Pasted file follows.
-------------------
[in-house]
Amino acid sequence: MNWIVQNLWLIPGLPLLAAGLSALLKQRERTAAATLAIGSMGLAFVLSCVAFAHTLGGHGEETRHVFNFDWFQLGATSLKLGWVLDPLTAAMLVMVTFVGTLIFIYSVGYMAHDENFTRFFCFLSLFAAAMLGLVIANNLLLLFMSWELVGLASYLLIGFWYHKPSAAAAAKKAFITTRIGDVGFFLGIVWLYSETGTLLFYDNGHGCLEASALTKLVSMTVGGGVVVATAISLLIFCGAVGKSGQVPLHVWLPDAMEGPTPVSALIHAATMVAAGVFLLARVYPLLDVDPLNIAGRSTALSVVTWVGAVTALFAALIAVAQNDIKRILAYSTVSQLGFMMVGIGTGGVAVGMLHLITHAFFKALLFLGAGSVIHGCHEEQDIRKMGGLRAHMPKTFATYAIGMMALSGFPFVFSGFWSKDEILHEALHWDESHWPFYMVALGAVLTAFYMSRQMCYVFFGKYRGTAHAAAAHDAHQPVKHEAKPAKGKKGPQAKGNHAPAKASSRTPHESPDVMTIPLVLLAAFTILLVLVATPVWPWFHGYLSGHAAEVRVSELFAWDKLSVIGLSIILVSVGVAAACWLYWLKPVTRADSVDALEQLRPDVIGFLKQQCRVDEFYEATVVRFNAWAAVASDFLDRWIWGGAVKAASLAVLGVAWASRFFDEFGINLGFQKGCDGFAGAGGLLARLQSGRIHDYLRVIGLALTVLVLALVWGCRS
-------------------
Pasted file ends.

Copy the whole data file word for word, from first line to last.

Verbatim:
[in-house]
Amino acid sequence: MNWIVQNLWLIPGLPLLAAGLSALLKQRERTAAATLAIGSMGLAFVLSCVAFAHTLGGHGEETRHVFNFDWFQLGATSLKLGWVLDPLTAAMLVMVTFVGTLIFIYSVGYMAHDENFTRFFCFLSLFAAAMLGLVIANNLLLLFMSWELVGLASYLLIGFWYHKPSAAAAAKKAFITTRIGDVGFFLGIVWLYSETGTLLFYDNGHGCLEASALTKLVSMTVGGGVVVATAISLLIFCGAVGKSGQVPLHVWLPDAMEGPTPVSALIHAATMVAAGVFLLARVYPLLDVDPLNIAGRSTALSVVTWVGAVTALFAALIAVAQNDIKRILAYSTVSQLGFMMVGIGTGGVAVGMLHLITHAFFKALLFLGAGSVIHGCHEEQDIRKMGGLRAHMPKTFATYAIGMMALSGFPFVFSGFWSKDEILHEALHWDESHWPFYMVALGAVLTAFYMSRQMCYVFFGKYRGTAHAAAAHDAHQPVKHEAKPAKGKKGPQAKGNHAPAKASSRTPHESPDVMTIPLVLLAAFTILLVLVATPVWPWFHGYLSGHAAEVRVSELFAWDKLSVIGLSIILVSVGVAAACWLYWLKPVTRADSVDALEQLRPDVIGFLKQQCRVDEFYEATVVRFNAWAAVASDFLDRWIWGGAVKAASLAVLGVAWASRFFDEFGINLGFQKGCDGFAGAGGLLARLQSGRIHDYLRVIGLALTVLVLALVWGCRS